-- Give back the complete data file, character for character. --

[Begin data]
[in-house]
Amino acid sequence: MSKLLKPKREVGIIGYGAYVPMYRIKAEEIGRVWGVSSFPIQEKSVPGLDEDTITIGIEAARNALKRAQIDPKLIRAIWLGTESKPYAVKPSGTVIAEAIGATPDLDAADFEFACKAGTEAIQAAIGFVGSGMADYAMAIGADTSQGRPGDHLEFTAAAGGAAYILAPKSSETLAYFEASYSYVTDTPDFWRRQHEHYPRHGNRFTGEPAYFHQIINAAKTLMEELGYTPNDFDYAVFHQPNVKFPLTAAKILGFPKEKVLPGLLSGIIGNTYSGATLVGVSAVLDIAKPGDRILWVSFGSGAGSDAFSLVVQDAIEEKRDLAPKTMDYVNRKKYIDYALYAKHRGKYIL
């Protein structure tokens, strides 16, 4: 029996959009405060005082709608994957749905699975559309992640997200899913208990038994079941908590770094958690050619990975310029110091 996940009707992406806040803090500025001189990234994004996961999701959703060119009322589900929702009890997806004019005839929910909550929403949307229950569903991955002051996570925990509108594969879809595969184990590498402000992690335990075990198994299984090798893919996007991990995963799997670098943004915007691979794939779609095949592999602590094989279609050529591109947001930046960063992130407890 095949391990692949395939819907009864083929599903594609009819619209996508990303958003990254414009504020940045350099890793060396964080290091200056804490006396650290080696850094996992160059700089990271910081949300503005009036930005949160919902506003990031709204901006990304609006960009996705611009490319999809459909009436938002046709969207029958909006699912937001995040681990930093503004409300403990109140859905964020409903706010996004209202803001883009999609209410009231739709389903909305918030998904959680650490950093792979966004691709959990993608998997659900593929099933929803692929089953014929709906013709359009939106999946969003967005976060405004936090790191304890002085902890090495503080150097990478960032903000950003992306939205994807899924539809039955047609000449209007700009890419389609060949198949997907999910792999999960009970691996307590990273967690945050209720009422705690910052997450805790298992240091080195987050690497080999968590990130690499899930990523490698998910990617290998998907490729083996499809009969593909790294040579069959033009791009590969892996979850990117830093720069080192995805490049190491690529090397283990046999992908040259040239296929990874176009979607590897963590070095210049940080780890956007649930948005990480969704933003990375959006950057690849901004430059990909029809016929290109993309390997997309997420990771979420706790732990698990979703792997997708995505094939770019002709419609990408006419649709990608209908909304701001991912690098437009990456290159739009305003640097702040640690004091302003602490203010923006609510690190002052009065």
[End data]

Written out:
[in-house]
Amino acid sequence: MSKLLKPKREVGIIGYGAYVPMYRIKAEEIGRVWGVSSFPIQEKSVPGLDEDTITIGIEAARNALKRAQIDPKLIRAIWLGTESKPYAVKPSGTVIAEAIGATPDLDAADFEFACKAGTEAIQAAIGFVGSGMADYAMAIGADTSQGRPGDHLEFTAAAGGAAYILAPKSSETLAYFEASYSYVTDTPDFWRRQHEHYPRHGNRFTGEPAYFHQIINAAKTLMEELGYTPNDFDYAVFHQPNVKFPLTAAKILGFPKEKVLPGLLSGIIGNTYSGATLVGVSAVLDIAKPGDRILWVSFGSGAGSDAFSLVVQDAIEEKRDLAPKTMDYVNRKKYIDYALYAKHRGKYIL
């Protein structure tokens, strides 16, 4: 029996959009405060005082709608994957749905699975559309992640997200899913208990038994079941908590770094958690050619990975310029110091 996940009707992406806040803090500025001189990234994004996961999701959703060119009322589900929702009890997806004019005839929910909550929403949307229950569903991955002051996570925990509108594969879809595969184990590498402000992690335990075990198994299984090798893919996007991990995963799997670098943004915007691979794939779609095949592999602590094989279609050529591109947001930046960063992130407890 095949391990692949395939819907009864083929599903594609009819619209996508990303958003990254414009504020940045350099890793060396964080290091200056804490006396650290080696850094996992160059700089990271910081949300503005009036930005949160919902506003990031709204901006990304609006960009996705611009490319999809459909009436938002046709969207029958909006699912937001995040681990930093503004409300403990109140859905964020409903706010996004209202803001883009999609209410009231739709389903909305918030998904959680650490950093792979966004691709959990993608998997659900593929099933929803692929089953014929709906013709359009939106999946969003967005976060405004936090790191304890002085902890090495503080150097990478960032903000950003992306939205994807899924539809039955047609000449209007700009890419389609060949198949997907999910792999999960009970691996307590990273967690945050209720009422705690910052997450805790298992240091080195987050690497080999968590990130690499899930990523490698998910990617290998998907490729083996499809009969593909790294040579069959033009791009590969892996979850990117830093720069080192995805490049190491690529090397283990046999992908040259040239296929990874176009979607590897963590070095210049940080780890956007649930948005990480969704933003990375959006950057690849901004430059990909029809016929290109993309390997997309997420990771979420706790732990698990979703792997997708995505094939770019002709419609990408006419649709990608209908909304701001991912690098437009990456290159739009305003640097702040640690004091302003602490203010923006609510690190002052009065």